Thursday, September 24, 2009

Why do molecules absorb and emit light?

Today at the fortnightly "cake meeting" (a condensed matter theory group meeting) I am giving a tutorial on optical transition dipole moments. This key quantity determines:
  • the probability that a photon will be absorbed by a molecule which then makes a transition to an electronic excited state
  • the polarisation of the light that is absorbed and emitted by the molecule
  • the rate at which the excited state decays by emitting radiation
  • the strength of the van der Waals interaction between pairs of the molecule
  • FRET=Forster Resonant Energy Transfer, where an excited state can be transferred to a neighbouring molecule
Here are some of my notes which contain the key equations and ideas.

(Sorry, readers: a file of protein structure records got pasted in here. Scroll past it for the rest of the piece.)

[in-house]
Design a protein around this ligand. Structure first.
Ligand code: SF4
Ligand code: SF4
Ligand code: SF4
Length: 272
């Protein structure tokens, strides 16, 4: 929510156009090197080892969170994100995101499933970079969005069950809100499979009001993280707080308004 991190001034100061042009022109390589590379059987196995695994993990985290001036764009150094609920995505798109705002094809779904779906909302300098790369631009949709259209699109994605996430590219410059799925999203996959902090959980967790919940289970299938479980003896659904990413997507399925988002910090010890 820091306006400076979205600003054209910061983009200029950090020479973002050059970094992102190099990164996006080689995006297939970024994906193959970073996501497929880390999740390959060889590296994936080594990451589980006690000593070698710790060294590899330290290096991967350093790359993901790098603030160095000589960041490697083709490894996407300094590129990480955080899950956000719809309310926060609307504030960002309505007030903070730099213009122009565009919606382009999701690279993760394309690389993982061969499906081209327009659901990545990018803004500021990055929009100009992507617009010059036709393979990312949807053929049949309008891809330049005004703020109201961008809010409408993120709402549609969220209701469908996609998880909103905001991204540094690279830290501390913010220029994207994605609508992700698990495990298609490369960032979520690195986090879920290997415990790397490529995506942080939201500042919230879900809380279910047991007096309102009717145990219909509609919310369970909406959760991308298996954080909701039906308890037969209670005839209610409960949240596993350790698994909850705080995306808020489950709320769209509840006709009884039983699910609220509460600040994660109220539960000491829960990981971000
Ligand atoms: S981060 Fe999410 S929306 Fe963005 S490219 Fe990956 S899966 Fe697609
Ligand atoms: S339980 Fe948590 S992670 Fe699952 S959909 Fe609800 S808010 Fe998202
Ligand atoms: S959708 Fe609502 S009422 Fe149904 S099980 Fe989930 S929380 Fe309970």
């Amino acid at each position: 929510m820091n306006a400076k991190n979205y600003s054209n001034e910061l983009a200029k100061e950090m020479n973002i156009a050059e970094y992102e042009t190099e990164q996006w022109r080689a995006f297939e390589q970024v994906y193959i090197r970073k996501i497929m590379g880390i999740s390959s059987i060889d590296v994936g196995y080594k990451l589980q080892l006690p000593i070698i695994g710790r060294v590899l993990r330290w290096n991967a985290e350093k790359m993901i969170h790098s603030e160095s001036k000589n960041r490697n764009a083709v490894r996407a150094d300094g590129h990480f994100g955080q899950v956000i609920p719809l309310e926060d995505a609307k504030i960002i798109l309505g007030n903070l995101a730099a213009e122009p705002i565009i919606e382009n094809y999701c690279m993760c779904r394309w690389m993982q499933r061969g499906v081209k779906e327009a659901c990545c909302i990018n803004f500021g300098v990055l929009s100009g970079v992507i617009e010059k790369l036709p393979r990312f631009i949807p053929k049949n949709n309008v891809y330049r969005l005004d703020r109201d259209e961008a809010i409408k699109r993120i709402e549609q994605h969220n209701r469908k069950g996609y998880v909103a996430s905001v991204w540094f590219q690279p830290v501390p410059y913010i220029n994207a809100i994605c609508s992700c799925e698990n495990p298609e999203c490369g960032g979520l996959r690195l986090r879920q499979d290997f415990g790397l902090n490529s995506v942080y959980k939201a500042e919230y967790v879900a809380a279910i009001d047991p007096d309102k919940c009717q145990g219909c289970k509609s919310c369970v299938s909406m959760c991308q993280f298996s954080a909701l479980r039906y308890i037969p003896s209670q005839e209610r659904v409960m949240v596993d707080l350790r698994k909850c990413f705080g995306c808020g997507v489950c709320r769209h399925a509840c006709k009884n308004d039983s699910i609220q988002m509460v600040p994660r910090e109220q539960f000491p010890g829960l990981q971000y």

Some of the relations and key references are in this paper I co-authored on Transition dipole strength of melanin.

What determines these transition dipole moments? How do we make them large?
A key aspect is that they involve delocalisation of charge in both the ground and excited state.
This becomes apparent in this extract from Nitzan's book which shows how the transition dipole moment is proportional to the distance between the two centres over which the charge is delocalised and the Hamiltonian matrix element between orbitals localised on these two centres.

The direction of the transition dipole moment tends to be parallel to a vector joining the two centres.

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